Ceramics, particularly zirconia also have high melting temperatures, extremely low thermal conductivity, and limited ductility. The thermal stress caused by extremely short laser–powder interaction durations and large amounts of energy required for melting, meaning the abrupt heating and cooling rates with each laser scan, is one of the most severe difficulties resulting from the SLM method. As a result of the poor thermal shock resistance of ceramic (zirconia) materials, cracks are more prone to emerge in sintered parts as a result of such thermal stresses combined with the limited ductility of ceramic materials [56,57]. Only a few investigations have been conducted on the selective laser complete melting of zirconia. They demonstrated the use of SLM to manufacture zirconia objects while flaws such as cracks and large open pores or lower density of the final product were observed [58,59]. Recent studies showed that preheating the ceramic powder bed was more beneficial in reducing such difficulties caused by thermal gradient. High-temperature preheating of the zirconia ceramic powder appears to be the most effective approach for minimizing cracks during the SLM process [60]. Moreover, it was found more advantageous to pre-heat the ceramic powder for aiding in the homogeneity of energy distribution [61,62] and having a significant impact on density of materials [60]. The specimen’s crystal structure after preheating was predominantly tetragonal. It was also proved that as the preheating temperature increased, the tetragonal crystal became more visible [60]. Furthermore, the preheating procedure may assist in the improvement of mechanical performance due to inhibited crack formation [61,63].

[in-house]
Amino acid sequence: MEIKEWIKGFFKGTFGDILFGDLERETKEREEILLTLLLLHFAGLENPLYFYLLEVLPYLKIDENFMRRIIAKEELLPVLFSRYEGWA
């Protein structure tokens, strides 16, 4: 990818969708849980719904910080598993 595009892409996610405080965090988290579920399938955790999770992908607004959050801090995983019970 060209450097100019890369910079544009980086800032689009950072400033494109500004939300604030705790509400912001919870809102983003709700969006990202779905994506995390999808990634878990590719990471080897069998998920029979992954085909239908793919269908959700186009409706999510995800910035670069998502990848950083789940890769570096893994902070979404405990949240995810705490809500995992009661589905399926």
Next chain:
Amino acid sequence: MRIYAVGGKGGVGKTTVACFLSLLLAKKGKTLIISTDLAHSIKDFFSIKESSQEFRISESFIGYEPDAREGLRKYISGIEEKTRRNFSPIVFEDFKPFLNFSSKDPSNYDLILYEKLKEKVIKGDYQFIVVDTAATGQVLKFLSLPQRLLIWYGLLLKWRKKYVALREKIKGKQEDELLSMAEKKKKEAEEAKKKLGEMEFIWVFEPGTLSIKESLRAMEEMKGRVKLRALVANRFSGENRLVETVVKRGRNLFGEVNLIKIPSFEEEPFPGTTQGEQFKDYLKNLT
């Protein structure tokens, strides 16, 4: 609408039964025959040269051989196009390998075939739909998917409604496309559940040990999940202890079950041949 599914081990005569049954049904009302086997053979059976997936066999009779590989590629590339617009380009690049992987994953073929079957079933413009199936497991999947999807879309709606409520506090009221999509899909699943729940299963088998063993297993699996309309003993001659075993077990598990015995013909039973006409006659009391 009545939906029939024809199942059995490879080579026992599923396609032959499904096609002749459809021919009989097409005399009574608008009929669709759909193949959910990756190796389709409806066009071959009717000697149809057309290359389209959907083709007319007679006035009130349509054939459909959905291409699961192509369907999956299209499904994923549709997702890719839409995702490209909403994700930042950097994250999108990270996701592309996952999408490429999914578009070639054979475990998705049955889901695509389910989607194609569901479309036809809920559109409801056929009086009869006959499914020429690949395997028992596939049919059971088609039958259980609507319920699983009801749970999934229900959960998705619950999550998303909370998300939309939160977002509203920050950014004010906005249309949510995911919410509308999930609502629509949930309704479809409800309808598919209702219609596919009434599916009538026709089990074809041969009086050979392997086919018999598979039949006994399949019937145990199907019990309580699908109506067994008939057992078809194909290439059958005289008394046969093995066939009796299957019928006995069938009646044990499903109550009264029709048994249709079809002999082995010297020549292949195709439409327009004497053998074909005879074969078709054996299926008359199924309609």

2.4. Direct Inkjet Printing (DIP)

Direct Inkjet printing as a material jetting technology is a well-known method which allows for the manufacturing of ceramic objects with full density, high accuracy, complicated shapes, and minimal material usage at a low cost; conversely to other methods which construct porous ceramic structures [64,65]. A suspension comprised of ceramic powder particles is deposited (directly) from a print nozzle during direct inkjet printing (DIP). Individual droplets of the suspension are selectively deposited onto a substrate by the print nozzle. When the droplets come into contact they experience a phase transition, resulting in the formation of a solid portion. DIP ceramic manufacturing method works by rapidly heating the nozzle to vaporize the ceramic ink in the capillary at the bottom of the nozzle and generate bubbles that rapidly expand. The bubble would develop to a crucial size, breaking the surface tension of the ink and causing it to discharge from the top of the nozzle. The ceramic ink is drawn according to the computer-pre-modeled data, and the layer is superimposed to create 3D ceramic parts [66,67,68].